Leafs a disgrace in loss

Atlanta Thrashers' Shane Hnidy pastes Toronto Maple Leafs forward Matt Stajan into the boards...

Atlanta Thrashers' Shane Hnidy pastes Toronto Maple Leafs forward Matt Stajan into the boards Tuesday night at the ACC. (Toronto Sun/Ernest Doroszuk)

LANCE HORNBY -- Toronto Sun

, Last Updated: 10:02 AM ET

The Maple Leafs continue to fill the stands with ill-timed souvenir pucks, at the expense of their depleted win column.

Confidence reached a low ebb last night after a second consecutive two-goal third-period lead dissolved in a bizarre 5-2 loss to the Atlanta Thrashers.

It was their fifth defeat in a row and despite a great start to blanket the potent Thrashers, the Leafs were short-handed a season-high 10 times and recorded just 19 shots, tying a season low. Regent Park's Glen Metropolit had a three-point game, with Toronto holding Marian Hossa and Ilya Kovalchuk off the board until late in the game.

But the Leafs heard their share of boos from 19,507 at the Air Canada Centre.

"I don't know if Atlanta had more energy than us or a bit more determination, but bottom line, it was a disgrace on our side," centre Michael Peca said.

"It's like we get that lead, sit back and wait for something bad to happen."

In the past two games, against Montreal and Atlanta, that calamity has begun in the form of a third-period delay of game call on rookie defenceman Ian White, part of his three penalties for clearing the glass.

"Things obviously aren't going well for us right now and small things such as that are contributing," White said.

"On the first one, the puck was rolling and you don't want to make a soft play, you want a hard one. The second one, I tried to out-muscle Hossa for the puck and get it out.

"But it can't happen and it's not going to happen again. I'm just going to be rimming a lot of pucks instead of going high and hard off the glass."

Teammates were quick to come to White's aid, some blaming the bumpy ice at the ACC for getting too much air under the puck as it's launched.

But then there was the matter of three goals on three shots in the third period, five on eight shots counting an empty-netter.

"We have to sit down and figure this out," said defenceman Hal Gill, one of the few players to show in the Leafs dressing room after the game.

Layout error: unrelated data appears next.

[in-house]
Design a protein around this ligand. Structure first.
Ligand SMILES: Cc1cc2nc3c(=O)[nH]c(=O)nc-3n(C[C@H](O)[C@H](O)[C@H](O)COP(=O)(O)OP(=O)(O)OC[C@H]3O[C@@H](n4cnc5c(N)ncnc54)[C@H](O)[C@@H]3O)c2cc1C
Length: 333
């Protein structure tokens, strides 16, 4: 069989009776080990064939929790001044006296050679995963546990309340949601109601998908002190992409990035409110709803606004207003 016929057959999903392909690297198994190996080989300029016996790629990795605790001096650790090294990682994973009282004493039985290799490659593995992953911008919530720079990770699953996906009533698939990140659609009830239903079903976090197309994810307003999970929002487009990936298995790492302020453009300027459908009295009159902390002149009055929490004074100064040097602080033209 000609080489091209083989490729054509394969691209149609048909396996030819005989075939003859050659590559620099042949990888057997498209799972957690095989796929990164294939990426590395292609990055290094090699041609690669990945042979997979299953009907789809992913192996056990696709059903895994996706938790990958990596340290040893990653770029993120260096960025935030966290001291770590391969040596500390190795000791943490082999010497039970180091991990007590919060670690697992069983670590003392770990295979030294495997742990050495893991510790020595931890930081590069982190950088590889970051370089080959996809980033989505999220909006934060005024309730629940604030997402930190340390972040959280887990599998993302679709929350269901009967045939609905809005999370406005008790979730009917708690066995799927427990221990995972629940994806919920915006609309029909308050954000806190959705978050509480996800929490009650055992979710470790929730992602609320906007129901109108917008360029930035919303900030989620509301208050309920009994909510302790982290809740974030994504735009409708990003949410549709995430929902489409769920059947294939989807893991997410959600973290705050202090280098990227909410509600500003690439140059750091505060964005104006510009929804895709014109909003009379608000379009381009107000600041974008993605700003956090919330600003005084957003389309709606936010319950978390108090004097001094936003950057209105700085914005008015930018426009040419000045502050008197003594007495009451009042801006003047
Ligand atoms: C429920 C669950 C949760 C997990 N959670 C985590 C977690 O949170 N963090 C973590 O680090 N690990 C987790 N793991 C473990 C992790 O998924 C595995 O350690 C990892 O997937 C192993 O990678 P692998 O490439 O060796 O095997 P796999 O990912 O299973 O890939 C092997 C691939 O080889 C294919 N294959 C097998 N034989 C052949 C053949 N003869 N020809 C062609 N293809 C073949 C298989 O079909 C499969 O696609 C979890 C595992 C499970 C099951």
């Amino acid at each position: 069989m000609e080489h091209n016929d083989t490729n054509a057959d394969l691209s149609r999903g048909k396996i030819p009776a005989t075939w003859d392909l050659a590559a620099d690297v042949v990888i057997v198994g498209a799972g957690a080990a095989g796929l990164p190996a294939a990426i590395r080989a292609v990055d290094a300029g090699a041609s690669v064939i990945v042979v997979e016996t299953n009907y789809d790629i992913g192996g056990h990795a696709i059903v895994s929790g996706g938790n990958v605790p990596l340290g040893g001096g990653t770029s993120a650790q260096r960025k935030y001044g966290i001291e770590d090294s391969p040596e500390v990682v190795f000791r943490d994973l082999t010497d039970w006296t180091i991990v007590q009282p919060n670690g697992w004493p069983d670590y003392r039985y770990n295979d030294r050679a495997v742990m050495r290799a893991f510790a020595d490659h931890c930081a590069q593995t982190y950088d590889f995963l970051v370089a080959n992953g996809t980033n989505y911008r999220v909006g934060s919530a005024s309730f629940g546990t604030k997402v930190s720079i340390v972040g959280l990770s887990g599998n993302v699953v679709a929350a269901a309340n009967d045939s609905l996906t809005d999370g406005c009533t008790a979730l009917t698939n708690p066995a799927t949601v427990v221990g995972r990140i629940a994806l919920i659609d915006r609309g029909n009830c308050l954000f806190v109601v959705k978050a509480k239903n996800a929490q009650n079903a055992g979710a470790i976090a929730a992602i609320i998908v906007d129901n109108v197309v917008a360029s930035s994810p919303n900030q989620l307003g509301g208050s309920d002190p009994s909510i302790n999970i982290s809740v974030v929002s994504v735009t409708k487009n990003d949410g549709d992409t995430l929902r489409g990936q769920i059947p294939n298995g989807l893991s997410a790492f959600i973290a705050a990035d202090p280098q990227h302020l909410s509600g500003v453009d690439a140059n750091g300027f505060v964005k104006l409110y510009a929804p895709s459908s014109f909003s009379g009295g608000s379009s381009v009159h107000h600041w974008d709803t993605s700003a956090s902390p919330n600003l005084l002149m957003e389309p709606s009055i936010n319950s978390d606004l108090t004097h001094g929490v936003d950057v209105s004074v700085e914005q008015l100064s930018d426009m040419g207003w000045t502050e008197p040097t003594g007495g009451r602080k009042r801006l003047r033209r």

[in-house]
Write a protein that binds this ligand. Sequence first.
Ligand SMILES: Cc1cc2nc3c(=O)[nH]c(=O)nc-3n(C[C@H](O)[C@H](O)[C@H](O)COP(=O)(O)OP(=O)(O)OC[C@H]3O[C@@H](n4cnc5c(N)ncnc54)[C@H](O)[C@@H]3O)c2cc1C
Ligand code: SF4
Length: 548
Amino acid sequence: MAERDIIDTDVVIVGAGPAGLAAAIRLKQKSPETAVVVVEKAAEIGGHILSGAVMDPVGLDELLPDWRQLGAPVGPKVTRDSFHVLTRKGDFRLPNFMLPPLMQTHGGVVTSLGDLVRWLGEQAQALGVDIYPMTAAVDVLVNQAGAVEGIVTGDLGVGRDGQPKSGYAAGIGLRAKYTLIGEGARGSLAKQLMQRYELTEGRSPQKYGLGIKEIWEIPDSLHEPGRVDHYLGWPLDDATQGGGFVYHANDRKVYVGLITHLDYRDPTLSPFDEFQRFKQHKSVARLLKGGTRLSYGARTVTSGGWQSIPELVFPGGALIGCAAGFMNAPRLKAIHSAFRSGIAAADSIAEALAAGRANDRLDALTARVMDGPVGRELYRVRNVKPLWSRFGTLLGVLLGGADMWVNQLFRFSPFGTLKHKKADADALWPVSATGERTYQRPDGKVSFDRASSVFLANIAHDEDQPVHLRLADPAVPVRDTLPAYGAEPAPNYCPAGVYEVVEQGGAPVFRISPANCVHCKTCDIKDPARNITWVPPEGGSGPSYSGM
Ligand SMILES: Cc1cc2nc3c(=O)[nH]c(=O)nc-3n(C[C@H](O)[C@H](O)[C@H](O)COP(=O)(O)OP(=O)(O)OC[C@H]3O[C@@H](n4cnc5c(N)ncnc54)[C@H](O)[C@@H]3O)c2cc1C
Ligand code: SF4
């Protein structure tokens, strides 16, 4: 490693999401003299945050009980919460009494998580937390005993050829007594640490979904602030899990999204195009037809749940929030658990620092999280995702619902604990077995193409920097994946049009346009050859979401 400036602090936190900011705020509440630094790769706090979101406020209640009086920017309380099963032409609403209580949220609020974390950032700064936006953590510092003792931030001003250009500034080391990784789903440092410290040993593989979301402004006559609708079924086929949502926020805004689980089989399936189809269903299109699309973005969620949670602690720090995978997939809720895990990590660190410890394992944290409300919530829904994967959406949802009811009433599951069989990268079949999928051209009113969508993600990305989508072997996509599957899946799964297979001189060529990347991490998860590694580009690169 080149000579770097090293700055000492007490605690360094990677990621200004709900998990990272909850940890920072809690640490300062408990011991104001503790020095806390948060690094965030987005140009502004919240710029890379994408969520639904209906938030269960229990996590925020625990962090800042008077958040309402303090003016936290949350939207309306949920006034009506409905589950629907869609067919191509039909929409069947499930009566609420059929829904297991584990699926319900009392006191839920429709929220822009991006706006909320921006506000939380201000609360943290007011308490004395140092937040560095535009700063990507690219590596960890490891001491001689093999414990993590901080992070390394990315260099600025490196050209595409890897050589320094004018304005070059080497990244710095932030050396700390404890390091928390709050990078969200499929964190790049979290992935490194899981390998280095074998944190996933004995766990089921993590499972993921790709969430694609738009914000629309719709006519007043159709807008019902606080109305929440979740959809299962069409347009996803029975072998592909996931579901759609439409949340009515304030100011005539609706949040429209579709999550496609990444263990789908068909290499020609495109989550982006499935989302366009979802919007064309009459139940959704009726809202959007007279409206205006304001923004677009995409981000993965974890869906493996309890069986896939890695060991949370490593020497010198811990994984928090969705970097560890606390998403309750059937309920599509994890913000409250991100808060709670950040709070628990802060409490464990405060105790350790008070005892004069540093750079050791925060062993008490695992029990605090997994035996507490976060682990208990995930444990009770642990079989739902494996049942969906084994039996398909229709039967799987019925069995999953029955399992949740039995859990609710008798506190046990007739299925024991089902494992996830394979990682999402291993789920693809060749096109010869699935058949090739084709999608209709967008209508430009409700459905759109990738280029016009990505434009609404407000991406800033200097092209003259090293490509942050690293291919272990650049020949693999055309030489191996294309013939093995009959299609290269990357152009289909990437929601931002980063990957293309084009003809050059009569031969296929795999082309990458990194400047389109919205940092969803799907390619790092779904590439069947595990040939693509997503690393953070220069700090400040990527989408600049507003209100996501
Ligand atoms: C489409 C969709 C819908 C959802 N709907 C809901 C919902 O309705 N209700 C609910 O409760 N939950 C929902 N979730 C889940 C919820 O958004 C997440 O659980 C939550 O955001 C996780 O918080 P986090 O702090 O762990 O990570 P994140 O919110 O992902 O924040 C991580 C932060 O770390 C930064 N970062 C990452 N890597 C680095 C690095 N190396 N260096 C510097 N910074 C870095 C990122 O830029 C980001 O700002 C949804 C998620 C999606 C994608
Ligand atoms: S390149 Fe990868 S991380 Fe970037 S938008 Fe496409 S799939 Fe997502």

"Confidence is a Catch-22. You need it to win and you get it by winning. Sometimes you're losing and you're working as hard as you ever have. It doesn't make much sense."

The fallout at practice today before a two-game road swing should be interesting, though coach Paul Maurice praised the first 30 flawless saves Andrew Raycroft made. He said the game likely was lost not in the third, but in the second which Toronto spent killing five minors and disrupting line chemistry.

NOTHING LEFT

"You've got guys going out there cold and (penalty killers) who have nothing left," Maurice said.

"They send everybody home after two periods if (Raycroft) doesn't play well, We'd like a 45-save miraculous performance, certainly, but that power play is just too good."

Toronto's power play struck first, on Darcy Tucker's new signature one-timer, his 12th with the extra man. It was followed by Peca's bullet shot past surprise starter Johan Hedberg.

But Metropolit scored at 3:56 of the third and set up two by Slava Kozlov, before Hossa and Kovalchuk secured Southeast Division-leading Atlanta's second win in less than a week against the Leafs.

REPORT CARD

C- Forwards: Held to 17 shots, but Michael Peca had a huge two-way game.

C- Defence: Lost marks for taking so many penalties, but were excellent on penalty killing.

C Goaltending: Andrew Raycroft stared down the two hottest Thrashers in Marian Hossa and Ilya Kovalchuk for 30 shots, not surrendering a goal until a third-period flood.


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